When I was a kid, I was always a bit sore about the absence of a baby book for me. I’m the second child. My sister had her first steps and first haircut recorded. There’s even a swath of baby hair under some scotch tape. My mother seemed so careful about archiving my sister’s history that she even kept the greeting cards sent by friends and family for my sister’s first birthday.
Then I came along. There are some pictures, yes. But that’s it. (Cue the violins.)
It took until I had my own children to realize that two babies truly are “ten times the work.” When my son arrived, there was just no time to get pictures of him printed and organized into a photo album like I had done for my daughter after she turned one. In fact, I still haven’t done it and he’s three and a half.
But, I am proud of one thing that qualifies me as an archivist for my kids. When my daughter was born, I cracked the spine of a book with blank pages—about the size of a small dictionary—and began the process of recording my thoughts alongside her many milestones for her future self to read. This journaling became a habit. Writing in my native language to my child (who would one day read it fluently) felt like I was making a stronger connection to her that would transcend time. One day, I know, she will read about my perceptions of her little self, and some details about our lives at the time of the entries, and I picture the older version of my child relating to the younger version of me.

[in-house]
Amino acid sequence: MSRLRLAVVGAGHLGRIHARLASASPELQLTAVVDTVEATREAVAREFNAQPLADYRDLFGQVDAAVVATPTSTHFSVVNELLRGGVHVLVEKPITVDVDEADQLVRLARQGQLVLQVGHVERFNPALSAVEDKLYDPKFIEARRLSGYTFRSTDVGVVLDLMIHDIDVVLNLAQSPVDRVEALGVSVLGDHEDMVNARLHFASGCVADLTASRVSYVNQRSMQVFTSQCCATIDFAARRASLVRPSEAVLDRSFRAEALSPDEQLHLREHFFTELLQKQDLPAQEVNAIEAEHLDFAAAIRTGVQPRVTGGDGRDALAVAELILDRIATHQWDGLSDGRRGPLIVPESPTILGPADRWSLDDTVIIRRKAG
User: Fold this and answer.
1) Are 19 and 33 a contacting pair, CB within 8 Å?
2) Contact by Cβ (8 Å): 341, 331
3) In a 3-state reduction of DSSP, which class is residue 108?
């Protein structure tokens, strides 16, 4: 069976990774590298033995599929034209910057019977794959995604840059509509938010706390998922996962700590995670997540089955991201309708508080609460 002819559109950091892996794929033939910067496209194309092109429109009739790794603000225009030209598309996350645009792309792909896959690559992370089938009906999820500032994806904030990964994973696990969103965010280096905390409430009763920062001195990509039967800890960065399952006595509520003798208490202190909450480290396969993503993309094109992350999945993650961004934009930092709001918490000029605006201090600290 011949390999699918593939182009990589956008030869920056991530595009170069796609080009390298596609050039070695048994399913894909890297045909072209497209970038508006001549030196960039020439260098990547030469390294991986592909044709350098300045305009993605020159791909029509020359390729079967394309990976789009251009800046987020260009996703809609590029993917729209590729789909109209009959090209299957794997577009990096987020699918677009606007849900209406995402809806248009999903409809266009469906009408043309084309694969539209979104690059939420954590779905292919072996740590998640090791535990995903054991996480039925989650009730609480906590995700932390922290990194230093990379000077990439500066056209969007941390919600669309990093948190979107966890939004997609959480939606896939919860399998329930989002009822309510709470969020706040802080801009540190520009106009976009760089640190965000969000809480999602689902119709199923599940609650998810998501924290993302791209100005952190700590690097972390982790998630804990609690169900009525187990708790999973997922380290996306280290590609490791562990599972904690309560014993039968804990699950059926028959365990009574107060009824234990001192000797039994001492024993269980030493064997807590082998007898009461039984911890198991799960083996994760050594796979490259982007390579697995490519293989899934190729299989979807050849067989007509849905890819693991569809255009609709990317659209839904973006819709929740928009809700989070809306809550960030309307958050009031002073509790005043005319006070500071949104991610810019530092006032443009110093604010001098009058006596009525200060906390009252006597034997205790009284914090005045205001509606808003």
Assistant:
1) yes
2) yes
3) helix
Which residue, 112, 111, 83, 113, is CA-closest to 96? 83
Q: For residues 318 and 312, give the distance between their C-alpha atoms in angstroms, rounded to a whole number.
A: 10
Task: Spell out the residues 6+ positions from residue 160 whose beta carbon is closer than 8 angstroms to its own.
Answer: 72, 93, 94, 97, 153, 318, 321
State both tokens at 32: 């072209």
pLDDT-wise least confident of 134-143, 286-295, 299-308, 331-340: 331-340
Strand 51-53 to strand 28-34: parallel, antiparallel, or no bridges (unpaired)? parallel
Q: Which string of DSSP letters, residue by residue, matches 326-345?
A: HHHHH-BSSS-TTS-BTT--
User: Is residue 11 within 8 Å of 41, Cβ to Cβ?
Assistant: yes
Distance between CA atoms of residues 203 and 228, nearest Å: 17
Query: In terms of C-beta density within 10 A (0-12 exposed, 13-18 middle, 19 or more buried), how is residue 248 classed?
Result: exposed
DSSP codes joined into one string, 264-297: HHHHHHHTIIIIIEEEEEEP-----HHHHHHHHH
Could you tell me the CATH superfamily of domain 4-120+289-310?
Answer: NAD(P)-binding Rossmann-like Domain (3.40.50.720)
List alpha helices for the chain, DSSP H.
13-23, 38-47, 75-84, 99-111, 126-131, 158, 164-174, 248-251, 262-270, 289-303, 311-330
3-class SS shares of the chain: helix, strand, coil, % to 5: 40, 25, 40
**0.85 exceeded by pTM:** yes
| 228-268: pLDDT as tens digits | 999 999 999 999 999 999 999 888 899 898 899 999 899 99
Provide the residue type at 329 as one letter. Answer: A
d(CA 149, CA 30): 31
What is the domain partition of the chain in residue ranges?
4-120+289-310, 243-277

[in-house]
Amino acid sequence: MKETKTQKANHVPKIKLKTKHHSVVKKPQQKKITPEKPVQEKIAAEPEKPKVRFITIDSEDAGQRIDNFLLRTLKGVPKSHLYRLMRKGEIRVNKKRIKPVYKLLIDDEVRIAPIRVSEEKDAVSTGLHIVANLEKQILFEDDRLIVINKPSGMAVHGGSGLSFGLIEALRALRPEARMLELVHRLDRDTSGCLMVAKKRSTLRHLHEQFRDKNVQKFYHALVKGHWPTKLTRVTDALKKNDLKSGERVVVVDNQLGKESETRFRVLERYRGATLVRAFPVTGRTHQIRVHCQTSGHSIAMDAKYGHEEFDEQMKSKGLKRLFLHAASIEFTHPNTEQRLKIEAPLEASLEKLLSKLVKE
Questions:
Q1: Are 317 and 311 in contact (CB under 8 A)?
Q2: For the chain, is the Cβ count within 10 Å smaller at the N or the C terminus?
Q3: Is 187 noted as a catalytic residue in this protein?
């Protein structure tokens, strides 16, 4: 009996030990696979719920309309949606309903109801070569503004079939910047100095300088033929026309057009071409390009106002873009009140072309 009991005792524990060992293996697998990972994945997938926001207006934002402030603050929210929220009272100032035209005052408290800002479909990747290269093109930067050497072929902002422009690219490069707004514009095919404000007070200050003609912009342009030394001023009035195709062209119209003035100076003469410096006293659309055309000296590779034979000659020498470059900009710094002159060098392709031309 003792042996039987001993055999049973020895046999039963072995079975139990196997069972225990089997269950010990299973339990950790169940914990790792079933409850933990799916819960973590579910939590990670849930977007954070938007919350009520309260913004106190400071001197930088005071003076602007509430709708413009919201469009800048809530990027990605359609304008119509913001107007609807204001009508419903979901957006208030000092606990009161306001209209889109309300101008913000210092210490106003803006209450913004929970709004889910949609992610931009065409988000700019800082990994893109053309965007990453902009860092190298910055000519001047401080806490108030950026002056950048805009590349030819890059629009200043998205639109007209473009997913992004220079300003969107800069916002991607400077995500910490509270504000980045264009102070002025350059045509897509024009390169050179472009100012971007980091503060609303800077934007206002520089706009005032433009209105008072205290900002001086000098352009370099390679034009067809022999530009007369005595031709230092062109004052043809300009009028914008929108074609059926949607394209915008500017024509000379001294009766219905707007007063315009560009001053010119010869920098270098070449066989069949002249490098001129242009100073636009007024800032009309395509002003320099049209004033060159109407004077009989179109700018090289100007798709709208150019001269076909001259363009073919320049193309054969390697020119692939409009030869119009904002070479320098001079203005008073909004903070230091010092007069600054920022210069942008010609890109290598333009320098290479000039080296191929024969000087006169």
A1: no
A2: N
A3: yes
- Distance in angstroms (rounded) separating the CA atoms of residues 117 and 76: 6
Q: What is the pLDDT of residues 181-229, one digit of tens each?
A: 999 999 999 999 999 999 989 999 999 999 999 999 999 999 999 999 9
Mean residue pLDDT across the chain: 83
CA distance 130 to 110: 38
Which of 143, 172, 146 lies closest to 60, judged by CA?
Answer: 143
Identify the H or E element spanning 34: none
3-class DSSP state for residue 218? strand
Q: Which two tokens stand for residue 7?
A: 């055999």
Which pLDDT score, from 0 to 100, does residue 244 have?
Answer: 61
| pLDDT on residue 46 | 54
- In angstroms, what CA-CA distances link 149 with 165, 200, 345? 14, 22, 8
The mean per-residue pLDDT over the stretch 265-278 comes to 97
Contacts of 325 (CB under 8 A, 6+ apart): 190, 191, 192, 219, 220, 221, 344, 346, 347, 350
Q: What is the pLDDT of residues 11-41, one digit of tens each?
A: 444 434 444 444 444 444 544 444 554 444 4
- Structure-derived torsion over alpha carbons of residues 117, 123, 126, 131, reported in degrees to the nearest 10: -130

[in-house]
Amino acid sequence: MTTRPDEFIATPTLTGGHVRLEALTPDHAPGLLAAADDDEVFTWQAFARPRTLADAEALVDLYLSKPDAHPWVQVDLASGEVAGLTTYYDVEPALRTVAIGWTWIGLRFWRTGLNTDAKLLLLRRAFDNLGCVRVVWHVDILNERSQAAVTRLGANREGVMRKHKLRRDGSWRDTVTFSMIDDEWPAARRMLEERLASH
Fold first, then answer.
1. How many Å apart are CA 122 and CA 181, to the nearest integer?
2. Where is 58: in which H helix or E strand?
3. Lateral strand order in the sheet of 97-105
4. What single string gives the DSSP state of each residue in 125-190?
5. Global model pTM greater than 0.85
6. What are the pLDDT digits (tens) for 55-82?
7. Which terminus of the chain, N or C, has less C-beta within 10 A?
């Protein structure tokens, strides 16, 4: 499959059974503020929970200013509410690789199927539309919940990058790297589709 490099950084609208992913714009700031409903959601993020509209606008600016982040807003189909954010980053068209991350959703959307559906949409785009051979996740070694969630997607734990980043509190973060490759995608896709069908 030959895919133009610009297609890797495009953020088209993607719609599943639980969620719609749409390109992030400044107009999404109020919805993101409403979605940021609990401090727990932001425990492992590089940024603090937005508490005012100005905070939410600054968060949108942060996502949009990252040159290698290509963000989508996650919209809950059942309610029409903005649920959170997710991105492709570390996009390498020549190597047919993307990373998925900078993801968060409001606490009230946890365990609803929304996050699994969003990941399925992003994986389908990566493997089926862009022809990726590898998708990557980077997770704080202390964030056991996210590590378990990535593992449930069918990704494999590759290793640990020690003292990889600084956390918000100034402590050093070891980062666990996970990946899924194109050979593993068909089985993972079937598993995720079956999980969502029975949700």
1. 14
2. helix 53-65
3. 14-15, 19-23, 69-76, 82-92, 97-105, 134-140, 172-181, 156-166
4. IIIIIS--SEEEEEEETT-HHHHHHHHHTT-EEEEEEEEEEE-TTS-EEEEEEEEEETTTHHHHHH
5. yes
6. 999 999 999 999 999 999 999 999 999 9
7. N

So, when my son was born, I bought him a book too. Now, with the two of them still small, I struggle to find enough time. Sometimes months go by between entries. Sometimes I write in one book and not the other because the story I wish to record focuses on one child and only features the other as a supporting character.
This makes me wonder, too, if it won’t be weird for them not to read their books in tandem with each other, considering I often tell the story of a family issue in one book and then resist repeating it in the other. I just simply write, ‘I wrote about this in your brother’s book in detail, but here are some additional thoughts about you lately.’
I picture them as adults sitting together and pouring over these entries, patching together our family history, sharing each other’s content. But, I can’t decide how old they should be when I present them with these chronicles. Maybe eighteen? Maybe when they have their own children, if they decide to become parents? Maybe at around age thirty when their identities and worldviews are more established? I’m not sure yet, but there’s lots of time to decide.
Ironically, I keep a digital notes on my iPhone to remind me of “what not to forget to write about” in their analog journals, when I take pen to paper. Going backwards in time technologically when I’m creating something for their future selves seems counter-intuitive, I know, but I continue. A physical keepsake feels safer than a digital cloud will ever be. These will be books they can actually hold.
In the end, may the existence of these journals distract them from the absence of a true baby book for either child. And, for my second child, may he one day forgive me for not putting photos of him into an album like I did for his sister!
About the Writer
Ember Swift is a Canadian who has been living in Beijing since 2008. She has a daughter, Echo (5), and a son Paz (3). She spends a lot of time on stages making original music, writing blogs and columns, doing voice over work, and advocating for vegetarianism, LBGTQ rights, and multilingualism.